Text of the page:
Observation Claims and Epistemic Confidence in Aristotle’s Biology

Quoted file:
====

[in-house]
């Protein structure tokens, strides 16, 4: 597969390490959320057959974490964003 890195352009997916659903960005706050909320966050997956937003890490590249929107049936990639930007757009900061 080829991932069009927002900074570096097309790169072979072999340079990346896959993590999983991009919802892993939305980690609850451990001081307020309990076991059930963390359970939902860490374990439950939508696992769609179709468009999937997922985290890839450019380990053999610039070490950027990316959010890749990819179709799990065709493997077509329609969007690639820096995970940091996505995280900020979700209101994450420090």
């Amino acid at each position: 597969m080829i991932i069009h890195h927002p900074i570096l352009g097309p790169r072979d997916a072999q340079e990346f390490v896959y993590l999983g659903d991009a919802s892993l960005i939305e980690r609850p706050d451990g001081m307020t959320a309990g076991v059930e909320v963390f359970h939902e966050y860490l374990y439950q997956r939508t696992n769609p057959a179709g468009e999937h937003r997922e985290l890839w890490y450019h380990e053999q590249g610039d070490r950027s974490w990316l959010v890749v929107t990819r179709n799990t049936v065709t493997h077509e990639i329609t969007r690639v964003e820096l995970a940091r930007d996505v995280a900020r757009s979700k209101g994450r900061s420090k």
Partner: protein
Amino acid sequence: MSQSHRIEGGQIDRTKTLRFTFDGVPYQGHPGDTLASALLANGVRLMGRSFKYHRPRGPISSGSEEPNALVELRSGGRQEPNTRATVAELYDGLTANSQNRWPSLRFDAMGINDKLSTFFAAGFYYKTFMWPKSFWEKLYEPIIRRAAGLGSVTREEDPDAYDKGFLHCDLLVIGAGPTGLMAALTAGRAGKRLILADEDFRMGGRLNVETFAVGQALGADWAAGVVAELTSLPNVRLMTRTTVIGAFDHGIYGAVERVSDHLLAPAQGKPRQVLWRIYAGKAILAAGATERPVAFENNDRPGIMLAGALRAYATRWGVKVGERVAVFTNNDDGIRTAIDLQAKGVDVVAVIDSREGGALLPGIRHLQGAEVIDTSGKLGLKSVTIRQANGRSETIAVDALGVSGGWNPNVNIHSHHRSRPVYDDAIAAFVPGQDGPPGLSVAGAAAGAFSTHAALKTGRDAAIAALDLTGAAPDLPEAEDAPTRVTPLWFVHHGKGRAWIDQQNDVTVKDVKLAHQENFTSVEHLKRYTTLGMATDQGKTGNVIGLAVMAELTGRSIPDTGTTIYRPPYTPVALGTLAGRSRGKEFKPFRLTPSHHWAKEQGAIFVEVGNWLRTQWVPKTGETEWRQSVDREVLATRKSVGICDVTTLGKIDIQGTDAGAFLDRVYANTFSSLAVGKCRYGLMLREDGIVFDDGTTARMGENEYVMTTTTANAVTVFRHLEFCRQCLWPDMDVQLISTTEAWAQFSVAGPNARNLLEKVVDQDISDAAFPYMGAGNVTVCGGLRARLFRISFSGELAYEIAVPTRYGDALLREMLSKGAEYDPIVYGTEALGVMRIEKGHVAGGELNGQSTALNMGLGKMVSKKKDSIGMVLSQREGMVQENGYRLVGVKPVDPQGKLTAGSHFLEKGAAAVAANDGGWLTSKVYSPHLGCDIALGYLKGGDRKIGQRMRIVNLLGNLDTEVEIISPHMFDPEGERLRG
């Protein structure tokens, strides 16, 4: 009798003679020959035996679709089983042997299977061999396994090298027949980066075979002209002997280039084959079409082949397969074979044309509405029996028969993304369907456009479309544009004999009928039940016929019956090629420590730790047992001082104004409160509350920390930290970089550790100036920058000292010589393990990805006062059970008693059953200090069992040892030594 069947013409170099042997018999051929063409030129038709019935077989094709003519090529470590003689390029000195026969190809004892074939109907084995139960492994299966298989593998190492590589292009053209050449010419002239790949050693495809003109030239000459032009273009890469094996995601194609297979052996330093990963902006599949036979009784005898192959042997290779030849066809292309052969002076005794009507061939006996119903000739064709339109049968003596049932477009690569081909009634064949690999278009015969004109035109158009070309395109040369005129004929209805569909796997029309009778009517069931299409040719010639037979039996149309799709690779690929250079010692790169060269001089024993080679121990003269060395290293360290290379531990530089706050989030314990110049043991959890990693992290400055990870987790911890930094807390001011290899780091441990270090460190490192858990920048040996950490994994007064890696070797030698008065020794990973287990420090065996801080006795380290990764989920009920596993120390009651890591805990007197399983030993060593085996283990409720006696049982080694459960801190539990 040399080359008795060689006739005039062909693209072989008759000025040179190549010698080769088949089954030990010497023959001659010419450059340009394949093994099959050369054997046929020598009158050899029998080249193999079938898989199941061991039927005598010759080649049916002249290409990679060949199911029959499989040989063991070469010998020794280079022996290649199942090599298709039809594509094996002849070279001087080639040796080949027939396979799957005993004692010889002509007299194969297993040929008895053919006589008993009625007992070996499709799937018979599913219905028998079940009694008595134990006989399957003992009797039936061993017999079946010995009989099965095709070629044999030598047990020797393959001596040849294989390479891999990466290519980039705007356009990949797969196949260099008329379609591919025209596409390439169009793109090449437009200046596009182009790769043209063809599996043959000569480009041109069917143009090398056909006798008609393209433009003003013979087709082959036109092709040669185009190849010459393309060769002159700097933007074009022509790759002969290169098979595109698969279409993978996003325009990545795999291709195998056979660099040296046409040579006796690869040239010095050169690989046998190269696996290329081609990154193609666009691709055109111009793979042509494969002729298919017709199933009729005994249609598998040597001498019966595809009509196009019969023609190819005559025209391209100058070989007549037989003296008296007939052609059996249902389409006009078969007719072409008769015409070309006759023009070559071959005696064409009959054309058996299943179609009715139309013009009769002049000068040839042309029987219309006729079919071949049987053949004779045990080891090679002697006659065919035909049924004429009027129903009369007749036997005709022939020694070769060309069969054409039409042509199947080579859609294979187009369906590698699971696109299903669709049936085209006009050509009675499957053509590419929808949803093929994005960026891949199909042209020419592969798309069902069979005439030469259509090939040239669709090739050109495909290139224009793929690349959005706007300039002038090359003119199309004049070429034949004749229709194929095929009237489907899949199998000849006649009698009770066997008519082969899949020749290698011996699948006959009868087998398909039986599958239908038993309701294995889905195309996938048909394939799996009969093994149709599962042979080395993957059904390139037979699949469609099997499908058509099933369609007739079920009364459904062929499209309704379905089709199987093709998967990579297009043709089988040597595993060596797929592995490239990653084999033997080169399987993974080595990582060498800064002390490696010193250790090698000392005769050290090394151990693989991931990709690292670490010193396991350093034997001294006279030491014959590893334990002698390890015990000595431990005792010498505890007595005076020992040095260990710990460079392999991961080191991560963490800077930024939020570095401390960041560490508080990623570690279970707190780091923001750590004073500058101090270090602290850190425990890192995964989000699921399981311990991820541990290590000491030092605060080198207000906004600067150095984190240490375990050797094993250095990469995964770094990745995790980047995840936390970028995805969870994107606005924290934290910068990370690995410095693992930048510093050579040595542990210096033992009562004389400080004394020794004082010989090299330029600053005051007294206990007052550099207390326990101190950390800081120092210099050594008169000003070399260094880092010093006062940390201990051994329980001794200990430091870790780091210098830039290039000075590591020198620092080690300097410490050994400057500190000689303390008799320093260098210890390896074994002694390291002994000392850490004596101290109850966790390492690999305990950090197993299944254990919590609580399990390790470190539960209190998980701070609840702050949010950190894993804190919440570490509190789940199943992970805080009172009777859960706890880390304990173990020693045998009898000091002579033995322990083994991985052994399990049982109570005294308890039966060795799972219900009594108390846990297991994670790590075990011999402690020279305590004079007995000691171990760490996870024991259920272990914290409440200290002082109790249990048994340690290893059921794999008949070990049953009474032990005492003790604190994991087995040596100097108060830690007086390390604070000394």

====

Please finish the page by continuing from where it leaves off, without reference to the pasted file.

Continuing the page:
This essay looks at the ways in which Aristotle signals his confidence in observation claims in his biological works. Widely seen as an astute observer of the natural world, Aristotle in fact makes surprisingly few explicit claims to personal observation, even if circumstantial and other evidence often provides strong hints of his own involvement. At the same time, because of the incredible variety (and often the localization) of biological species, Aristotle also necessarily relies heavily on the testimony of others. This essay shows how Aristotle employs careful rhetorical strategies to signal or qualify his certainty both in his own observations and in the reports of others, on a case-by-case basis, for his reader.